Evaluation of single-kernel density of scab-damaged winter wheat
A. Grabowski 1
,  
R. Siuda 1
,  
L. Lenc 2
,  
 
 
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1
Institute of Mathematics and Physics, University of Technology and Life Sciences, Al. Prof. Kaliskiego 7, 85-789 Bydgoszcz, Poland
2
Chair of Phytopathology and Molecular Mycology, University of Technology and Life Sciences, Ks. Kordeckiego 20, 85-225 Bydgoszcz, Poland
3
Institute of Agrophysics PAS, 20-290 Lublin, ul. Doświadczalna 4, 20-290 Lublin, Poland
 
Int. Agrophys. 2012, 26(2): 129–135
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ABSTRACT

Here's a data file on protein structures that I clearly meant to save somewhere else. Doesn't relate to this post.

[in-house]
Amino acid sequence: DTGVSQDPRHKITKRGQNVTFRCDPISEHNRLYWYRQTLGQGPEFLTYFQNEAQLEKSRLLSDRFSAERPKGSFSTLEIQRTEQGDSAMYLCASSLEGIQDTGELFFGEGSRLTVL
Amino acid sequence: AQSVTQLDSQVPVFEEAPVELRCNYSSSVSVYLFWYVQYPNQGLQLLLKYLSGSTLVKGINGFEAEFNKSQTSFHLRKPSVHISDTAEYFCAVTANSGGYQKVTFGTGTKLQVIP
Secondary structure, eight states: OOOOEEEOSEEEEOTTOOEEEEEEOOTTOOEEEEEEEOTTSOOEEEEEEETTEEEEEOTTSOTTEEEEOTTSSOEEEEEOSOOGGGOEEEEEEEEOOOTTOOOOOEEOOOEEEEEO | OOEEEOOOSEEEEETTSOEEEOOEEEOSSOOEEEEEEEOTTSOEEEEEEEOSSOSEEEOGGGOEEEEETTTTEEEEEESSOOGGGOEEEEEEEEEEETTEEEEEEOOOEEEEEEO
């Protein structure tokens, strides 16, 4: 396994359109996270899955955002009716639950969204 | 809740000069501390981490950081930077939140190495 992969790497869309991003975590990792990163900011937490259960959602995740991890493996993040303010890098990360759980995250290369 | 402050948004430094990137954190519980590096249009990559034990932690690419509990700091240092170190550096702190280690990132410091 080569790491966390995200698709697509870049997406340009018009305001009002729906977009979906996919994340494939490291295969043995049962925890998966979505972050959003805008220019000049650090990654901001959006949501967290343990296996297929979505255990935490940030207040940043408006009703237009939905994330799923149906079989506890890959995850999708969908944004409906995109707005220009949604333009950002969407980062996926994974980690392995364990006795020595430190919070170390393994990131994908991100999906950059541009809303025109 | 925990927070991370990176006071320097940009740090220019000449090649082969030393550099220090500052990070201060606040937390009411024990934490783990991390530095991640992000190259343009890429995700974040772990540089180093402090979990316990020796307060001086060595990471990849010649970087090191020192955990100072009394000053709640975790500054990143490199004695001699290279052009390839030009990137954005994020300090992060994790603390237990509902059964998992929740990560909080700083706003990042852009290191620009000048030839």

Measurements of single-kernel mass and volume made on healthy (control) and scab-damaged samples of grain of three winter wheat varieties never resulted in lower values of mean single-kernel density for scab-damaged grain. This finding, contrary to common opinion, can be explained as being a result of the comparable magnitude of relative decrease (due to infestation) of two features (mass and volume) that define single-kernel density. The discrepancy between results presented in this paper (kernel volume was determined with an air pycnometer) and the results in some other reports (liquid pycnometers used) can result from the different methods applied for kernel volume measurements: when a liquid medium is used the surface tension effect tends to overestimate the volume, especially for scabby kernels that are known to be shrivelled ie possessing voids and pores at the surface that the liquid cannot penetrate. As a consequence kernel density of scabby kernels can be significantly underestimated.
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